is available in practically unlimited amounts on earth. However, it is
present almost exclusively in chemical compounds such as hydrocarbons
(fossil fuels) and water. A large part (~40%) of today's hydrogen
production originates from chemical processes where it is a by-product (e.g.
chlorine-alkaline electrolysis or crude oil refining). In the case of
industrial production of hydrogen, steam reforming of natural gas is the
most widely applied method. Nevertheless, there are several different
types of production technology:
(light hydrocarbons) - partial oxidation (heavy hydrocarbons) -
(water or chlorine-alkaline) - Kvaerner Black process -
of light hydrocarbons
(e.g. methanol, methane or natural gas) to hydrogen can be done either by
steam or autothermal reforming techniques. Steam reforming involves two
steps, first a catalytic conversion of the fuel (here methane) at high
+ H2O 3 H2 + CO
is followed by a conversion of the resulting carbon monoxide and water to
hydrogen in a reaction, which is often called the shift reaction:
+ H2O H2 + CO2
oxidation of heavy hydrocarbons involves
addition of oxygen as well as steam to the process. The amounts of oxygen
and water are accurately controlled to adjust the oxidation rate of the
hydrocarbons. In principle, the reaction involves the components mentioned
+ H2O + O2
H2 + CO +CO2
applies both steam reforming and partial oxidation steps and can be used for
somewhat heavier hydrocarbons. After the reforming step, a gas purification
process is necessary to remove carbon dioxide, carbon monoxide and other
by-products not desired in the hydrogen rich product gas. The complexity of
the gas purification process depends on the reforming technique applied and
the intended application for the produced hydrogen. Small reformer systems
have also been developed for onboard production of hydrogen, for instance in
methane reformer (SMR) plant from Air Liquide.
is in principle a reversed fuel cell. From water and electricity we get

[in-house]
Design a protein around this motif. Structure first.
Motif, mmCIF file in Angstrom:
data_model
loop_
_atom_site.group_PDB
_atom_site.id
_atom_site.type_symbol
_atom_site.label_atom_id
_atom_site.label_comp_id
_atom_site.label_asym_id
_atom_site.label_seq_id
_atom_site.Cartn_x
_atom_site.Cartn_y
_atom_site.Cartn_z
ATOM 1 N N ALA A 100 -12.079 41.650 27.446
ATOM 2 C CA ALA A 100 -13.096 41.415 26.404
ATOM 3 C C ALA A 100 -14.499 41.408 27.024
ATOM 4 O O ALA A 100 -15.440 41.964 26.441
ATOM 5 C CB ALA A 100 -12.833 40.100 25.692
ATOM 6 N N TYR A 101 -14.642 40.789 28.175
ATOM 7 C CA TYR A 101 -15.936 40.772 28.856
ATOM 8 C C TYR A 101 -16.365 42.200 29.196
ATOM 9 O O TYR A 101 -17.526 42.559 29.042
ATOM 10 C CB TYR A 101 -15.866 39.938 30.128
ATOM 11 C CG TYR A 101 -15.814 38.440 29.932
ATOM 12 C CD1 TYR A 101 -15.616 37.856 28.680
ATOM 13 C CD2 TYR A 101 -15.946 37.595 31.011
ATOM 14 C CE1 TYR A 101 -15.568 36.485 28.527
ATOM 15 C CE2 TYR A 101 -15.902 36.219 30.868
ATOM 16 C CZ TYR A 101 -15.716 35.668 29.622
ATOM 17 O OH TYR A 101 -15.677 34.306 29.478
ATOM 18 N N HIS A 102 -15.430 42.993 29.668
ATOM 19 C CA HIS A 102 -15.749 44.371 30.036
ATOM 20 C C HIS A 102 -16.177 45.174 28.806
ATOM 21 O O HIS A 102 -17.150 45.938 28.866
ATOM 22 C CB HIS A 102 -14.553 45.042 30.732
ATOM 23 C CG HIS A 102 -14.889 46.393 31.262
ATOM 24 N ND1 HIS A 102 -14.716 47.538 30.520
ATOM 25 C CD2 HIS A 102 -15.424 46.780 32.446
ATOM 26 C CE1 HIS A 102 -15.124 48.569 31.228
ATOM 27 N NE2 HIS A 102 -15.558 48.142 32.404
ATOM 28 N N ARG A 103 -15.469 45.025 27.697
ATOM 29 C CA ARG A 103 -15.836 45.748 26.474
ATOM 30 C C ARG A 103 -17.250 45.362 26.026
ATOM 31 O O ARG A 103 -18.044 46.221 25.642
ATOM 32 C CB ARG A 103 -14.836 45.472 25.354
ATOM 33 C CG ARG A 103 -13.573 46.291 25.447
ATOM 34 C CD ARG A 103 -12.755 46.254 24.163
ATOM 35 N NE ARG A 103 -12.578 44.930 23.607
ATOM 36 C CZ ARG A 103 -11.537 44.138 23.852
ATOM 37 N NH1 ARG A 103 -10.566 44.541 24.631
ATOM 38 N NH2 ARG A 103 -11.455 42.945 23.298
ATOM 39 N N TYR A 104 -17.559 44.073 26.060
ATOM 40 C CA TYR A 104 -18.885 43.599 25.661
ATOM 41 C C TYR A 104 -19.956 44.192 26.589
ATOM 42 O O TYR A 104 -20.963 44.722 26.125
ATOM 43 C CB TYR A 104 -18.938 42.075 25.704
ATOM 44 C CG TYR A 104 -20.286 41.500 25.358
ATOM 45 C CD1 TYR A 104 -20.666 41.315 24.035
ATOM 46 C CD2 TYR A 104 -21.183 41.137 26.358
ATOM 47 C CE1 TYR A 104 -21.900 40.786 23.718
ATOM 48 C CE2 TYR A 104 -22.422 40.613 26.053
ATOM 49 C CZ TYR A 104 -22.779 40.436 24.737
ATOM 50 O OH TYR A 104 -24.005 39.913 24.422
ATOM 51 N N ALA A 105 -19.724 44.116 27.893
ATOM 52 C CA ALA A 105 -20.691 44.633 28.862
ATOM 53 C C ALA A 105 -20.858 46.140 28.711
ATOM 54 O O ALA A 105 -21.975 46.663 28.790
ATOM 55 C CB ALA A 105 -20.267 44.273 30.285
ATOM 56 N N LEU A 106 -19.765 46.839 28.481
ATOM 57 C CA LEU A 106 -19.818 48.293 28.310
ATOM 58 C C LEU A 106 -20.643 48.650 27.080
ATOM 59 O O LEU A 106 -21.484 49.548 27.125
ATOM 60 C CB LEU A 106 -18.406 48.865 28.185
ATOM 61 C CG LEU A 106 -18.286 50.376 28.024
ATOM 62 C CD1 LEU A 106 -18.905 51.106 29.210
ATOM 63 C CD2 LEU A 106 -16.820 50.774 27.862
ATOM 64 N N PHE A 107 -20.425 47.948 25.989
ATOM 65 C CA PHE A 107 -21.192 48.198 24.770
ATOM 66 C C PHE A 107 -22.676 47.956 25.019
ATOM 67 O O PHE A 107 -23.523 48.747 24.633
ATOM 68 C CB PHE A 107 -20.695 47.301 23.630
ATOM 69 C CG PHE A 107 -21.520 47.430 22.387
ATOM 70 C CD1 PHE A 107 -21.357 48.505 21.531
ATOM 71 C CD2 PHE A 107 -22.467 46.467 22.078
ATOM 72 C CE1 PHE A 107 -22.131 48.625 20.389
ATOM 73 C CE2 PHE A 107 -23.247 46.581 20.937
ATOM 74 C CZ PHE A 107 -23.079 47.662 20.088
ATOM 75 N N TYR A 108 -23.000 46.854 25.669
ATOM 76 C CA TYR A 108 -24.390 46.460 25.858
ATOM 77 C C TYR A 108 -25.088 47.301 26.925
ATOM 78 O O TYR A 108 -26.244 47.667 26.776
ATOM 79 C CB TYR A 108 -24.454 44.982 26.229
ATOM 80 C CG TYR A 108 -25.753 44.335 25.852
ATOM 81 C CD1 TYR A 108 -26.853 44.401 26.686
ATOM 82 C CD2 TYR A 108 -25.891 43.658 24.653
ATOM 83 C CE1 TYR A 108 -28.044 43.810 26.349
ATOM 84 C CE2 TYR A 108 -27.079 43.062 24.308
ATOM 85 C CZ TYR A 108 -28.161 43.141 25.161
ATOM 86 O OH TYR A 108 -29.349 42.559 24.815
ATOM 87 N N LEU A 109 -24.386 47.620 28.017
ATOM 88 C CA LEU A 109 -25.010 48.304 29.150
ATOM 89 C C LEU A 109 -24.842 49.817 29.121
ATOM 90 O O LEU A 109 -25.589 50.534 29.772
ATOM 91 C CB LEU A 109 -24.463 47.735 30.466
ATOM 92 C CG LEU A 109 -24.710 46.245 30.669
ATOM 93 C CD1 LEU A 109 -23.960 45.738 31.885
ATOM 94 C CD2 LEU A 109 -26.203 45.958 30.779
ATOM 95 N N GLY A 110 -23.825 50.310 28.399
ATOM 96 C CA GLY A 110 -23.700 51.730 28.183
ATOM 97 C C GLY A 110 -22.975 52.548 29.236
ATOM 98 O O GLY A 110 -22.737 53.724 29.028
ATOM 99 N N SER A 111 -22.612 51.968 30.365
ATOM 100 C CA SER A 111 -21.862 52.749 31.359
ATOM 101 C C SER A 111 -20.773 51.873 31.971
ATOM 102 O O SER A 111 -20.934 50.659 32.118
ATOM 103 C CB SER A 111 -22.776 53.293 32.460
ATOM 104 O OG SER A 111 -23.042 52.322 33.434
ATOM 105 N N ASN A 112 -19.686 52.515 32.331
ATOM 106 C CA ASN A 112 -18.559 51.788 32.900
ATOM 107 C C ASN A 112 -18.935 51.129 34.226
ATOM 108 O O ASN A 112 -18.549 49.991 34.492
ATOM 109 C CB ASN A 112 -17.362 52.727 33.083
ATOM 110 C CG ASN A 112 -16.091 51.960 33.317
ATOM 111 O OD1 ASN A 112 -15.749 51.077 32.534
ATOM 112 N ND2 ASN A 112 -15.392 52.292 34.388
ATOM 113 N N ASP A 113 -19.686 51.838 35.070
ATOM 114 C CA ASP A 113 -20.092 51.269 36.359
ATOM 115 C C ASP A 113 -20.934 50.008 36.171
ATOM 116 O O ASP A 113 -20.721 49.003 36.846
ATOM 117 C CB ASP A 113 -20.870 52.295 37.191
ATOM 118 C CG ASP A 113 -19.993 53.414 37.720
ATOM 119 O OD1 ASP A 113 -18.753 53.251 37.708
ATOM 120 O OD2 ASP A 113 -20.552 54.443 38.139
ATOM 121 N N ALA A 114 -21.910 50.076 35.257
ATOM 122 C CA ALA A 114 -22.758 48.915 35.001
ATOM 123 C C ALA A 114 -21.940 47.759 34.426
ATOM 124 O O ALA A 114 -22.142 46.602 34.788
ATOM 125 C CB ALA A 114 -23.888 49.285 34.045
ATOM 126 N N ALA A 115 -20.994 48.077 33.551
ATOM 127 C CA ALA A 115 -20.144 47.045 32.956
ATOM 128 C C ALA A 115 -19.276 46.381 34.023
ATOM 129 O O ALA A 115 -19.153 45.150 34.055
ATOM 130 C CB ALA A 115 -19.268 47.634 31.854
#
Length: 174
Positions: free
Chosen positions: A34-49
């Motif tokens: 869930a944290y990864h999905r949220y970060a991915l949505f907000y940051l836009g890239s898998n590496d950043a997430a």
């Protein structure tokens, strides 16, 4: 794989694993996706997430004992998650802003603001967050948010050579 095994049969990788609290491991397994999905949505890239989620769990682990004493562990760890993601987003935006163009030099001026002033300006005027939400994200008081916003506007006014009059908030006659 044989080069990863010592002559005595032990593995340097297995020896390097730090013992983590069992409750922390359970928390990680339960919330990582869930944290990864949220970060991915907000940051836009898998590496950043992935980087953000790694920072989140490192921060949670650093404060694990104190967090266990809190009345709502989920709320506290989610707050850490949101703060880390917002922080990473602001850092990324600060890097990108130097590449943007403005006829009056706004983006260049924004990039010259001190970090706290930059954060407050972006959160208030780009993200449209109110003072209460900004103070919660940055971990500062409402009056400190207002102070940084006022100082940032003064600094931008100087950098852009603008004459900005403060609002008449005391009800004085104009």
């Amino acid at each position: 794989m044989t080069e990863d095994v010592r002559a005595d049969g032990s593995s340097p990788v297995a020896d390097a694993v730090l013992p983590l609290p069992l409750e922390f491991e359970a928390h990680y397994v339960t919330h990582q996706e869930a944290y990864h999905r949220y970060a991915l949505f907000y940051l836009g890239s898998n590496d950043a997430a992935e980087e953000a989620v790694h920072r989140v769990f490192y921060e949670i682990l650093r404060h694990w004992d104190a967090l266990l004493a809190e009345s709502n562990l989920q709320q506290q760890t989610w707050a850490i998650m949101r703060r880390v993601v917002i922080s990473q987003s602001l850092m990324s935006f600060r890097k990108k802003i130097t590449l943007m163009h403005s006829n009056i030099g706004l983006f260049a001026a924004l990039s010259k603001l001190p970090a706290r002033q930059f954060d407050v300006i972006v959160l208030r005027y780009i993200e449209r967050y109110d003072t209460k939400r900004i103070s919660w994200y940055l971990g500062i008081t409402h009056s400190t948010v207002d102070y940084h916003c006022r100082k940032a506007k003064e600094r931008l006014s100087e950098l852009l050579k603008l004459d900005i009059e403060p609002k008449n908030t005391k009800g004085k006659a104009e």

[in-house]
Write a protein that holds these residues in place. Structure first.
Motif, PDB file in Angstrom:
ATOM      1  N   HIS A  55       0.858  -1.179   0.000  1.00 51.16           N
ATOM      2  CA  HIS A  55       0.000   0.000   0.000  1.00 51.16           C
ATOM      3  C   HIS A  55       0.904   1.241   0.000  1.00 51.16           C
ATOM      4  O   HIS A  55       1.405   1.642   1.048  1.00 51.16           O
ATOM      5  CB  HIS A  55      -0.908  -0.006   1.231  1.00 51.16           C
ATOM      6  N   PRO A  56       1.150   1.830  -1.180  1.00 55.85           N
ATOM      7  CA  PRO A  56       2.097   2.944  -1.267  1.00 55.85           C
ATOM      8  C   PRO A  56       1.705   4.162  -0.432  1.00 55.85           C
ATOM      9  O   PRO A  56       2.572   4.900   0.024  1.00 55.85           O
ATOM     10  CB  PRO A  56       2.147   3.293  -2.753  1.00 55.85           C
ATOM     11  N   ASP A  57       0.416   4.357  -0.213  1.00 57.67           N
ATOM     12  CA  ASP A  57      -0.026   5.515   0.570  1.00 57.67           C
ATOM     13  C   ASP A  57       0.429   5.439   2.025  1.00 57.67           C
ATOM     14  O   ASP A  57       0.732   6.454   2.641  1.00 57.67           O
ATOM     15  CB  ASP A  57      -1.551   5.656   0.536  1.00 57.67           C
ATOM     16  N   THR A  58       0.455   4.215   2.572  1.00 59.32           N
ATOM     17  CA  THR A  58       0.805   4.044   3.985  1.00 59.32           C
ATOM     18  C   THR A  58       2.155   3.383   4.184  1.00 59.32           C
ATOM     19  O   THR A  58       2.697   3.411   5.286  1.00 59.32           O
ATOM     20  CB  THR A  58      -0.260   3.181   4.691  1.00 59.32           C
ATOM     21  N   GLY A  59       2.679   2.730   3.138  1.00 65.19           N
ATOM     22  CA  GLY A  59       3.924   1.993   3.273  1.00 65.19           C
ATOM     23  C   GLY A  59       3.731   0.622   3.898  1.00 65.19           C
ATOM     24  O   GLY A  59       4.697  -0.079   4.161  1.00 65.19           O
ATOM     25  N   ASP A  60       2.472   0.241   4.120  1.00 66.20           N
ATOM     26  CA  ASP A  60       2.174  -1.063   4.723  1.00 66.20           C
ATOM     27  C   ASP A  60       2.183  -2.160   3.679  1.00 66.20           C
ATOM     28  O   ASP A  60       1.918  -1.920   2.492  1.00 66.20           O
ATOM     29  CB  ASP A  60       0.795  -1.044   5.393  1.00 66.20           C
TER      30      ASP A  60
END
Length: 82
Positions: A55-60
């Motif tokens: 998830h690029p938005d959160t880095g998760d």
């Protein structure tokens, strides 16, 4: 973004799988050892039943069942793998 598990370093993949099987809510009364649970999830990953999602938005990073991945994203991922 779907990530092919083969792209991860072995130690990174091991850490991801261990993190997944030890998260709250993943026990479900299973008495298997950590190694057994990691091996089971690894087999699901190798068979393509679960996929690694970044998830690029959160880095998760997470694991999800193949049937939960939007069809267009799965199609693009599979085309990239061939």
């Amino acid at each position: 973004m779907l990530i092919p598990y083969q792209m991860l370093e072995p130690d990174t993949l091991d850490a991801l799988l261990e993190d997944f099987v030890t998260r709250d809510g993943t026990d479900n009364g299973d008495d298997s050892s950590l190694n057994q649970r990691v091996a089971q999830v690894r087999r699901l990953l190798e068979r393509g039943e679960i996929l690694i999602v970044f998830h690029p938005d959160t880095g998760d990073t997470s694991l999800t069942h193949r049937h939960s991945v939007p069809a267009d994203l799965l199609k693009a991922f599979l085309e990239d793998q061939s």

hydrogen and oxygen:
H2 + ½O2
as in fuel cells, reduction and oxidation take place on two spatially separated
electrodes. Hydrogen is produced on the cathode and oxygen on the anode. The
electrolyte is ion-conductive, usually either for protons (H+) or
hydroxyl ions (OH-). Most common is the alkaline (OH-)
process, which has been used since the beginning of the 20th century.
Other types are based on a solid polymer electrolyte or operated at elevated
pressures and/or temperatures. Water electrolysis accounts for about 2-3 % of
the global production of hydrogen.
electrolyser unit from Norsk Hydro.
The Kvaerner Black
is a way to produce hydrogen from hydrocarbons and electricity with only
solid carbon black as a by-product. At very high temperatures, the
hydrocarbon (e.g. methane) decomposes:
+ energy 2H2
pyrolysis process was developed by the Norwegian company Kvaerner in the
1980’s, and is especially interesting since it is CO2 free.
Carbon black is used in rubber production, for example.
is really an anaerobic digestion of biomass by bacteria, enzymes or other
small organisms. From this process, a gas containing methane is produced,
which can either be fed directly into high-temperature fuel cells or used
to produce hydrogen. By modifying the process, it is possible to increase
the hydrogen content of the product gas.
of hydrogen is also possible. Some micro-organisms (algae and bacteria)
are able to produce hydrogen primarily from water and light (photosynthesis).
Promising substances are selected and improved by genetic engineering.
described above, different kinds of hydrogen production technology are
already available today. However, the total annual amount produced,
corresponds only to the fuel consumed within a couple of days in the
transportation sector. Thus, a large industrial up-scale is necessary
before we can enter a hydrogen era.